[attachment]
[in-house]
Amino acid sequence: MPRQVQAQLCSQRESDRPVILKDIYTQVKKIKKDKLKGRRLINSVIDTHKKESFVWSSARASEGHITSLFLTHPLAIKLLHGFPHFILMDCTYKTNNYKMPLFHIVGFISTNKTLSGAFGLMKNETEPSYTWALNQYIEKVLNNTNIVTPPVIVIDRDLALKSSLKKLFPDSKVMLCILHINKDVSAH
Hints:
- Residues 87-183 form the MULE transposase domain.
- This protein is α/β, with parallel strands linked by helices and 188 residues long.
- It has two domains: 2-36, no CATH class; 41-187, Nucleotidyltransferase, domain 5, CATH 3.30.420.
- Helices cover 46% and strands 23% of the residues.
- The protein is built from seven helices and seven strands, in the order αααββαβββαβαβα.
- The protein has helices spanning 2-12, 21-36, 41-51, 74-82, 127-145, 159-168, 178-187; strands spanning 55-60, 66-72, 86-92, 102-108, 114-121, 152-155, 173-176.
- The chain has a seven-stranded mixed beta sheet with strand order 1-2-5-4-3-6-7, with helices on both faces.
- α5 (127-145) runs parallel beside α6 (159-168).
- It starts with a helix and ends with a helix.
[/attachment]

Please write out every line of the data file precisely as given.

[in-house]
Amino acid sequence: MPRQVQAQLCSQRESDRPVILKDIYTQVKKIKKDKLKGRRLINSVIDTHKKESFVWSSARASEGHITSLFLTHPLAIKLLHGFPHFILMDCTYKTNNYKMPLFHIVGFISTNKTLSGAFGLMKNETEPSYTWALNQYIEKVLNNTNIVTPPVIVIDRDLALKSSLKKLFPDSKVMLCILHINKDVSAH
Hints:
- Residues 87-183 form the MULE transposase domain.
- This protein is α/β, with parallel strands linked by helices and 188 residues long.
- It has two domains: 2-36, no CATH class; 41-187, Nucleotidyltransferase, domain 5, CATH 3.30.420.
- Helices cover 46% and strands 23% of the residues.
- The protein is built from seven helices and seven strands, in the order αααββαβββαβαβα.
- The protein has helices spanning 2-12, 21-36, 41-51, 74-82, 127-145, 159-168, 178-187; strands spanning 55-60, 66-72, 86-92, 102-108, 114-121, 152-155, 173-176.
- The chain has a seven-stranded mixed beta sheet with strand order 1-2-5-4-3-6-7, with helices on both faces.
- α5 (127-145) runs parallel beside α6 (159-168).
- It starts with a helix and ends with a helix.